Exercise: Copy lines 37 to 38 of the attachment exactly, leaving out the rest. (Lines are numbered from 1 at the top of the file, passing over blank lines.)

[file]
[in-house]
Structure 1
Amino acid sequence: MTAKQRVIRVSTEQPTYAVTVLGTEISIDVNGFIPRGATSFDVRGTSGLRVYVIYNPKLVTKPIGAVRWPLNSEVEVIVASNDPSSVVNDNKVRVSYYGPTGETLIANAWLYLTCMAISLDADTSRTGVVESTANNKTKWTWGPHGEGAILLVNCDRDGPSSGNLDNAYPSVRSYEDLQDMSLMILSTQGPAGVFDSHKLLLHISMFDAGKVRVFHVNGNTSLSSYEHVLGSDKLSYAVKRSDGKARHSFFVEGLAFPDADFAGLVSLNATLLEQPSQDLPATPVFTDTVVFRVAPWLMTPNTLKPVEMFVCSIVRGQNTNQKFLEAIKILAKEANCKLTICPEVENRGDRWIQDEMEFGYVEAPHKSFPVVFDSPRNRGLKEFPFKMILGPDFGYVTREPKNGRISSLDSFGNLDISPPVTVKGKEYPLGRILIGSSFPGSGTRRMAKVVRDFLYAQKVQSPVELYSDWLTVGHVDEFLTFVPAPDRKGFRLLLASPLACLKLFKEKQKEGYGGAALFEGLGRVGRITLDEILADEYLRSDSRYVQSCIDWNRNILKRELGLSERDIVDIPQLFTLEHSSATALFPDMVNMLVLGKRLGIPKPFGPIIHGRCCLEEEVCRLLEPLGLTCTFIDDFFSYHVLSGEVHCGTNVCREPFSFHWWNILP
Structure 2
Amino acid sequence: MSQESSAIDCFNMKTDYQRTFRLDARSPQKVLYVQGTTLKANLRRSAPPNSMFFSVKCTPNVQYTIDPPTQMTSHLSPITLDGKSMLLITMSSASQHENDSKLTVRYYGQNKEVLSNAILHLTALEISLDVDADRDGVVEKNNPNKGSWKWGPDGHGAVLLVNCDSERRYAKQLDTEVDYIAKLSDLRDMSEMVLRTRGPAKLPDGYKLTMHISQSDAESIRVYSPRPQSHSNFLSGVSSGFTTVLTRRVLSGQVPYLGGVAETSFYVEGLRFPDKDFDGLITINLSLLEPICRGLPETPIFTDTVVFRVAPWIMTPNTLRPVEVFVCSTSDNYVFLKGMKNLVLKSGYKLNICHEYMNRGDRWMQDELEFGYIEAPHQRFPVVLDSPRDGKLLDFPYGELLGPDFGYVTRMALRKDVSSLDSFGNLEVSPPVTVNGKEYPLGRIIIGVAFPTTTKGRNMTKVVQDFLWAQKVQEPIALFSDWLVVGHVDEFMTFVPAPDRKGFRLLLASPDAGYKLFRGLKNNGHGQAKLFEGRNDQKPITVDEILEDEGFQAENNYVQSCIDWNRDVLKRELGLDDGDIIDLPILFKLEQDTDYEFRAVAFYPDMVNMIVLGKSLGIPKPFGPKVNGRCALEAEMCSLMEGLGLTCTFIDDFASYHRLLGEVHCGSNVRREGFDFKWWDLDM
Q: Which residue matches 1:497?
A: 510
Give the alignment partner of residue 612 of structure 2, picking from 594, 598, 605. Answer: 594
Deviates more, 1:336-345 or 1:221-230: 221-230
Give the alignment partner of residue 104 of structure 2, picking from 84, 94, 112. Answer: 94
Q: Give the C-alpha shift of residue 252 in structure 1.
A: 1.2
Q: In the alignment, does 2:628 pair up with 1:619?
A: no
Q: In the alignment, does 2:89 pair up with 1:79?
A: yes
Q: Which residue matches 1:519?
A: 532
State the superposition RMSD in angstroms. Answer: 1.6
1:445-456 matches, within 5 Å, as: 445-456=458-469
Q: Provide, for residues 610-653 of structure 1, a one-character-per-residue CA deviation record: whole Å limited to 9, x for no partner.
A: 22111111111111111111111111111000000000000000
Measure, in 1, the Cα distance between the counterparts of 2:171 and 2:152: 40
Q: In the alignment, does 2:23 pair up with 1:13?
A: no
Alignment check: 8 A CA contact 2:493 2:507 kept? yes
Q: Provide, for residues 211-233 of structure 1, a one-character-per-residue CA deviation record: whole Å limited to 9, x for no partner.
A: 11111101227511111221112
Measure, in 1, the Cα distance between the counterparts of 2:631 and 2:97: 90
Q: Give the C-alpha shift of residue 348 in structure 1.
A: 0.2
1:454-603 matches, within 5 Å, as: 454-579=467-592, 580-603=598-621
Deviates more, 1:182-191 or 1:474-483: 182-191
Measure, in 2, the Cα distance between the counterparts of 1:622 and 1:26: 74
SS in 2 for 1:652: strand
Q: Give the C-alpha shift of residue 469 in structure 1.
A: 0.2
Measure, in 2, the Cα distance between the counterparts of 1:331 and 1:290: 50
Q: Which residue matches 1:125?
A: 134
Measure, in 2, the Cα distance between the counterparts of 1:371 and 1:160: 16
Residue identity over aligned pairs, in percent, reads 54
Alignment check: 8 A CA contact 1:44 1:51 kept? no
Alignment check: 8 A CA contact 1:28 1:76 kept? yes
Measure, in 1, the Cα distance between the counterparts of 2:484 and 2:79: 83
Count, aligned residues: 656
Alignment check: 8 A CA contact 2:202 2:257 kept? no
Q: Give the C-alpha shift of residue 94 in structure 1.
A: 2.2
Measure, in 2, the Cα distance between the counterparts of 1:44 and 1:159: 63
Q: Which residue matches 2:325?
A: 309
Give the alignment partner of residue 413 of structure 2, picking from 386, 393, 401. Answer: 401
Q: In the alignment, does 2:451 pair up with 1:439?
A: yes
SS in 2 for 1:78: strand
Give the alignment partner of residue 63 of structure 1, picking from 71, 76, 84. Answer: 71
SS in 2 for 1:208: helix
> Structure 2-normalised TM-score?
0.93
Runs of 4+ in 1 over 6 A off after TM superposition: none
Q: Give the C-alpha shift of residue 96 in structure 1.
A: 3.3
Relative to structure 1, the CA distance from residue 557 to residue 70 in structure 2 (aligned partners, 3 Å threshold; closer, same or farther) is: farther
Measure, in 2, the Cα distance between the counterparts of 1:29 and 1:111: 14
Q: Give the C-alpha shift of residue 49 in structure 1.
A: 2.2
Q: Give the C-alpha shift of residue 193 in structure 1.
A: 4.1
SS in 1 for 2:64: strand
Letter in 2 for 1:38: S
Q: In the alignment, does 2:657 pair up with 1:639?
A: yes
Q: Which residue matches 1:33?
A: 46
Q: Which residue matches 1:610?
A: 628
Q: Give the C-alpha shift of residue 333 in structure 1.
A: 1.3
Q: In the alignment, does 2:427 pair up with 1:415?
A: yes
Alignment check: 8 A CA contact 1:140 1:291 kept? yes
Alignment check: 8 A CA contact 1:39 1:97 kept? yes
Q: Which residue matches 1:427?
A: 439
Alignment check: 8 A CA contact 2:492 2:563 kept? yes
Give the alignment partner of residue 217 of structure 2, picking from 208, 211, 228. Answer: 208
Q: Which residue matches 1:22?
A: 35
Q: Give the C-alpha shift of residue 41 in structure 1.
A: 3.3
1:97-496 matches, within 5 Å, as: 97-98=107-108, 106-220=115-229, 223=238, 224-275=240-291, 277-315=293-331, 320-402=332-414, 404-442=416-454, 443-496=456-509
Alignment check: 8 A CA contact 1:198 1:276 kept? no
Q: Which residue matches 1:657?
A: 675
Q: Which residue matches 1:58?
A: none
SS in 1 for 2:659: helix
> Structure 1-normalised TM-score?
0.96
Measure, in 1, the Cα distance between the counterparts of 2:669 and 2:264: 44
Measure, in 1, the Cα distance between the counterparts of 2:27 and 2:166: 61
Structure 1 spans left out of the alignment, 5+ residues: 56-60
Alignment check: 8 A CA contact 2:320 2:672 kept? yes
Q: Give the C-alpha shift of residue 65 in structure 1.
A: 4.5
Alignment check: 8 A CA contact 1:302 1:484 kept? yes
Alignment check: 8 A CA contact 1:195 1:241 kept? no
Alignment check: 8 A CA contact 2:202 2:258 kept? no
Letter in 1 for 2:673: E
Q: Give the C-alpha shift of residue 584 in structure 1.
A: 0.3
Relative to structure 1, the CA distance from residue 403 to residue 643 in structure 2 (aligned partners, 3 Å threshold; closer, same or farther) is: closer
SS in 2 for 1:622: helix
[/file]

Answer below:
A: 0.2
Measure, in 2, the Cα distance between the counterparts of 1:331 and 1:290: 50